Hands-on: Asus Transformer Book Trio review
After last year’s launch of the dual-screened Taichi at Computex, Asus has a bit of a reputation to maintain and it didn’t disappoint this year with the announcement of the Asus Transformer Book Trio – a three-in-one mobile device which switches between being an Android Jelly Bean tablet, Windows 8 notebook and a Windows 8 desktop PC.
The switch between the operating systems is surprisingly simple, with the Android OS being launched automatically when the tablet is detached, and a hot key allowing the user to switch between Windows 8 and Android in notebook mode. The dual OS gives users access to more than 700,000 apps from Google Play and a further 50,000 in the Windows store. Impressive, huh?
Although the set-up is reminiscent of pads with docking stations, picking it up while it is open in notebook mode quickly reminds you that this is a different ball game.
At first the Trio seems a bit heavy at around 1.05kg, but bear in mind that we are dealing with a dual-CPU. Breaking it down, according to the Asus staff on hand, the 64GB Intel Atom powered SSD tablet accounts for a very reasonable 450g and the keyboard - which houses a 750GB HDD - comes in at around 600g.
The PC Station dock runs the latest 4th-gen Intel Core i7 processor (Haswell) and can be hooked up to an external display to operate in the third form factor of desktop PC. That still leaves the tablet free to be run simultaneously in Android mode if you feel like multi-tasking or keeping a couple of kids amused.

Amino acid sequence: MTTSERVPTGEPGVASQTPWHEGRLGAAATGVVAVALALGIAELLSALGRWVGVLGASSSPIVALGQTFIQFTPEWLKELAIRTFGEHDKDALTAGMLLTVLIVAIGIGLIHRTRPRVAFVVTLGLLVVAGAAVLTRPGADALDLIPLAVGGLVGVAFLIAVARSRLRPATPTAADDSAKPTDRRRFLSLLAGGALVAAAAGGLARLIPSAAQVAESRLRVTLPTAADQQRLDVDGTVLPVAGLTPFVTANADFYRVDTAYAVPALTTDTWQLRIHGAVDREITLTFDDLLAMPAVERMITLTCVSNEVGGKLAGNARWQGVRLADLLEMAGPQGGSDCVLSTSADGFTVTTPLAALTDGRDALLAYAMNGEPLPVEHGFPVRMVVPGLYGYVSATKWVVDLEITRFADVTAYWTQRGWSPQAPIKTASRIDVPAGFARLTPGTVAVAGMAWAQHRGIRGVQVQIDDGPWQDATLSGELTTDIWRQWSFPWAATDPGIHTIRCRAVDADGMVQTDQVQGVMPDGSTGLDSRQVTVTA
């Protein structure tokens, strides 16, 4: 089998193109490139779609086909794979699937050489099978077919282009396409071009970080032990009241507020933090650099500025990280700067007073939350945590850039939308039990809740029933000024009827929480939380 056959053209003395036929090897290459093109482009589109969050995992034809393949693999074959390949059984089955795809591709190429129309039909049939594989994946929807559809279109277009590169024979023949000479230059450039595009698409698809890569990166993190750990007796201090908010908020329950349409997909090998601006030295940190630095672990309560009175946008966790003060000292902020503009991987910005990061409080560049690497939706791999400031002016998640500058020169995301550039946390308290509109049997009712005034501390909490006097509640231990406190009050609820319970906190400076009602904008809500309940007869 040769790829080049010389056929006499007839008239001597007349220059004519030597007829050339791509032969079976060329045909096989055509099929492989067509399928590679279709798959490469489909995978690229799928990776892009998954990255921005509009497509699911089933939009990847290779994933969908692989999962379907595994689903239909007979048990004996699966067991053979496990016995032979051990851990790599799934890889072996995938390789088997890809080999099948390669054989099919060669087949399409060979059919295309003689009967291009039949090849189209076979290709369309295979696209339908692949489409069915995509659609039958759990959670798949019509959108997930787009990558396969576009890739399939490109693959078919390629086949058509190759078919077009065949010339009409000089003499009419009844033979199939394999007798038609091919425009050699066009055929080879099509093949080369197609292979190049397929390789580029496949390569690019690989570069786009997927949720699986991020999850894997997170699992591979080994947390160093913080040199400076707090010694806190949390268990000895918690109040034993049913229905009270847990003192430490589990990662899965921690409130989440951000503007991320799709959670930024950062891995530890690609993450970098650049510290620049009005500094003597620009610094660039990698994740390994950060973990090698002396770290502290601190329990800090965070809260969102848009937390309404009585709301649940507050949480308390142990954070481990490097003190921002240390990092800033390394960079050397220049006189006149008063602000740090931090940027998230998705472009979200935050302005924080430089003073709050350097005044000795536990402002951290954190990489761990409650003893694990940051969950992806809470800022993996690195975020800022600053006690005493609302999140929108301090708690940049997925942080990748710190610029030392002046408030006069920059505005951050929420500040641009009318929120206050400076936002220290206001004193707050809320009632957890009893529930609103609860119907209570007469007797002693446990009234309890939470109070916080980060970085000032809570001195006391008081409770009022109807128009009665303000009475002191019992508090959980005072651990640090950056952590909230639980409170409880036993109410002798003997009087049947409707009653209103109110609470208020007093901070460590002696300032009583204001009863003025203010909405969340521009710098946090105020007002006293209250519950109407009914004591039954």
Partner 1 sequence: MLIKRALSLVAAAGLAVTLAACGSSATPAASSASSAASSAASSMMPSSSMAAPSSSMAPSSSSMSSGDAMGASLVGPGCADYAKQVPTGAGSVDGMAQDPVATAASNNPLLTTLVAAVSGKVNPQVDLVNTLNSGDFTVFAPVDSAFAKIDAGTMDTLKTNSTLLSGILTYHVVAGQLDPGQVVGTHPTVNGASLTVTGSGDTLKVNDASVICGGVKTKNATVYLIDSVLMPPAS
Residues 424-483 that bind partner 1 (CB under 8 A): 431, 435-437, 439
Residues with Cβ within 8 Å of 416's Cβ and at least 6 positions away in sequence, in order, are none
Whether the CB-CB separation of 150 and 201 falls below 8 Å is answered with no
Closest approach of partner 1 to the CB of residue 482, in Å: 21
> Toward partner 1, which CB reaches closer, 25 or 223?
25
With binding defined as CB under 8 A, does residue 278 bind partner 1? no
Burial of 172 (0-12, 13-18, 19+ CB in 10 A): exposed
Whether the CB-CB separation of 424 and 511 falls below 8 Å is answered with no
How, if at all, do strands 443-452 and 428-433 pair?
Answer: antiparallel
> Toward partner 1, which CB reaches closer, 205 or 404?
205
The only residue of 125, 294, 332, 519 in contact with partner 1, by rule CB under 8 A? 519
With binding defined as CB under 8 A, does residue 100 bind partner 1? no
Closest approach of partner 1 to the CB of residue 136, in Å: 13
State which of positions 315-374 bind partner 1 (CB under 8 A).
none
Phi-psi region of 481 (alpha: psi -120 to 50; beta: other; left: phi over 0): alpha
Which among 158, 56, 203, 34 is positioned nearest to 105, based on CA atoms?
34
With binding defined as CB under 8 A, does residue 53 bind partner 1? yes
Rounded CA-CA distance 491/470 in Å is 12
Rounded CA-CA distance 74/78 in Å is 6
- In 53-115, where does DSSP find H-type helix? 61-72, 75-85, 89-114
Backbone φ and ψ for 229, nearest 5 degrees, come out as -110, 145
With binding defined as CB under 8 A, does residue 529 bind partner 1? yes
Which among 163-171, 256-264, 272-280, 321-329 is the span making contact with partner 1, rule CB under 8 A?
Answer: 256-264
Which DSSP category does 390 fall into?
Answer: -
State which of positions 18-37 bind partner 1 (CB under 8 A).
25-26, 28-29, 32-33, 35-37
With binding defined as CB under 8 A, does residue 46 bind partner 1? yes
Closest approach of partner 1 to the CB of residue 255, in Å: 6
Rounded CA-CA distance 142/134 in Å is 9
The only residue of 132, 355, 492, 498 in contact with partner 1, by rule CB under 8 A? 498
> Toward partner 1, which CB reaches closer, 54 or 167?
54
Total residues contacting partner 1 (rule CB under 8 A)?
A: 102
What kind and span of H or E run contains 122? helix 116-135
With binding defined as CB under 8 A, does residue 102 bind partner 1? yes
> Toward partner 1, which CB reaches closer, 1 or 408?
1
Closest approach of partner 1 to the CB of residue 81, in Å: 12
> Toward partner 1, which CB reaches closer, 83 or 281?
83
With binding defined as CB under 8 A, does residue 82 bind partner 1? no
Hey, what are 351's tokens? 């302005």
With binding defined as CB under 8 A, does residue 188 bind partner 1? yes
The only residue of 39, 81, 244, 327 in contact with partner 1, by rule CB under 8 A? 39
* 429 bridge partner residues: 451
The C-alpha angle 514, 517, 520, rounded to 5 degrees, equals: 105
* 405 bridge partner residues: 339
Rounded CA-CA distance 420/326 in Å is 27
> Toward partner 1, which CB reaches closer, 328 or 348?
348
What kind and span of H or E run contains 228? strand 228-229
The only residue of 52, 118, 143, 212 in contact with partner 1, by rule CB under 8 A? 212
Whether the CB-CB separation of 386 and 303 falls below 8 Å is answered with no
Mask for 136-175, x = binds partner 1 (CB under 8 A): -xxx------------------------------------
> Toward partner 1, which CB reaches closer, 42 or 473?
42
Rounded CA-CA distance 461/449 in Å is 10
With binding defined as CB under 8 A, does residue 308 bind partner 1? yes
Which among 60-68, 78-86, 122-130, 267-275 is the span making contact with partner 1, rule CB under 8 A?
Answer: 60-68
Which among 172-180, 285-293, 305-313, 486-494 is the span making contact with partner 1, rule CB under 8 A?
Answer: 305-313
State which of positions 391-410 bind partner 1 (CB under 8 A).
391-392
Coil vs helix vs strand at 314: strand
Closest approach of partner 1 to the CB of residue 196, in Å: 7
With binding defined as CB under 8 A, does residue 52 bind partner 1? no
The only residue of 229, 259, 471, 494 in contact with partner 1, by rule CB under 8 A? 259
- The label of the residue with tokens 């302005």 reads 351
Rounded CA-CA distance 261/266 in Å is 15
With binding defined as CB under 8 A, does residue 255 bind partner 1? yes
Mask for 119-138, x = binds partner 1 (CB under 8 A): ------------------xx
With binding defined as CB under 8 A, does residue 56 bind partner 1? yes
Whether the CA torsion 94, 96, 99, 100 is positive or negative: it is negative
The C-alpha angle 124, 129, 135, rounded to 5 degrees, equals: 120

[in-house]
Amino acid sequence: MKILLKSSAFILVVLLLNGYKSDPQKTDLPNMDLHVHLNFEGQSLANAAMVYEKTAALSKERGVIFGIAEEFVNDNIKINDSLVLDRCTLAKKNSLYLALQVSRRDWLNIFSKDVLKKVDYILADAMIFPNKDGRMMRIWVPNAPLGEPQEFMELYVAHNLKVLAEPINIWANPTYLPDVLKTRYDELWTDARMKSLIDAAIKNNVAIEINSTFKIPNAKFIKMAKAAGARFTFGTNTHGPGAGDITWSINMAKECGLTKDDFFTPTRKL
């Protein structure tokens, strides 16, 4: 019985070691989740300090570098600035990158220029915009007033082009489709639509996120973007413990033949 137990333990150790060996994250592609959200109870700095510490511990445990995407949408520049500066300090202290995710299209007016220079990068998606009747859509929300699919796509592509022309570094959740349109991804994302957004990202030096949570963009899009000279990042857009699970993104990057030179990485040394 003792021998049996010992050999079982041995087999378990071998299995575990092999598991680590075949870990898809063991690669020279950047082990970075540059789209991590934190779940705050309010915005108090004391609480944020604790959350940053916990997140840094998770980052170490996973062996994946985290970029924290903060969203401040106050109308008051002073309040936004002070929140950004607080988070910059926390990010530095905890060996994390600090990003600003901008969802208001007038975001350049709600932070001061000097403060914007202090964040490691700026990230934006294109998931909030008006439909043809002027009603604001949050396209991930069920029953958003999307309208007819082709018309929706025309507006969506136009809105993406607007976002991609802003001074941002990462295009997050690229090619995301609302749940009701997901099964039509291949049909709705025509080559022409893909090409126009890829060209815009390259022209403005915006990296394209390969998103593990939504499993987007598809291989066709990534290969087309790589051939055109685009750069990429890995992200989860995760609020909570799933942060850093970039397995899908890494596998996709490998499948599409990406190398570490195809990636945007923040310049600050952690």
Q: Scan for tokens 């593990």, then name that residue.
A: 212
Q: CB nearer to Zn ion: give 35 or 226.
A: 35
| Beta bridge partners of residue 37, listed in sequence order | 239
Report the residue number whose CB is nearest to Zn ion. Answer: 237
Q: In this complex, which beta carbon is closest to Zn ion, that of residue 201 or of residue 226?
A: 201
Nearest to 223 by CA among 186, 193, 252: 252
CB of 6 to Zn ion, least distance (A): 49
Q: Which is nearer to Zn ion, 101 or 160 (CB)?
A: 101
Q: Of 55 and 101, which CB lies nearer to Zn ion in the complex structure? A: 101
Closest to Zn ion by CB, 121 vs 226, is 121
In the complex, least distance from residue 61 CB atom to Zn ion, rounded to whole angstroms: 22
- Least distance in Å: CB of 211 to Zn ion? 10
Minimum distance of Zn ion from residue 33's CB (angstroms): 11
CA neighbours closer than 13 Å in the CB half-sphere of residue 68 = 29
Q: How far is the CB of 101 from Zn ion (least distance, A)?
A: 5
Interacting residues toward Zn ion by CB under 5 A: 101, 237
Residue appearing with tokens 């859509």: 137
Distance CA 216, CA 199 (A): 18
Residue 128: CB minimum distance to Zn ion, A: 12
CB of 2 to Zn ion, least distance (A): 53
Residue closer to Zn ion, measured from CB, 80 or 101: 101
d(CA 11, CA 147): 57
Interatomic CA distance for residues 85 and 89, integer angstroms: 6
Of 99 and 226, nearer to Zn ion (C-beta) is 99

The dock, which runs on a 31WH Li-polymer battery, also acts as battery bank for the tablet and Asus says that this, combined with the 19.5WH Li-polymer battery in the tablet, results in an impressive 15-hour battery life when running in Android and a not quite so impressive-sounding 6 hours on Windows 8.
Apparently it is quite simple to sync files, photos, videos and emails between the two operating systems. You can even continue surfing the same web page after detaching the pad (and so auto-switching to Android). Presumably concerns about music or movie libraries might be overcome by using WebStorage, which although it hasn’t yet been specified will probably come as part of the package.
The screen has a 16:9 ration boasts a Full HD IPS multi-touch display. A ten-point multi-touch function is also available as an option. However the glossy finish did seem to be prone to fingerprint smudging, although to be fair this was mainly evident around the edges where the various staff and models were holding it.
The chassis has the now classic Asus concentric brushed-aluminium finish and the docking hinge looked to be very sturdy, which allows for the stability required when using a touchscreen in notebook mode. The undocking process requires two hands, being operated from a button in the centre by the hinge, but seemed to be fluid enough that one would quickly become accustomed to it.
All in all this was another jump forward on Asus’s part and it will be interesting to see the final confirmed specifications when they are released. There were murmurs that the Trio would be shipping by autumn this year –we’ll keep you posted.
Now all you have to worry about is whether you need a three-in-one device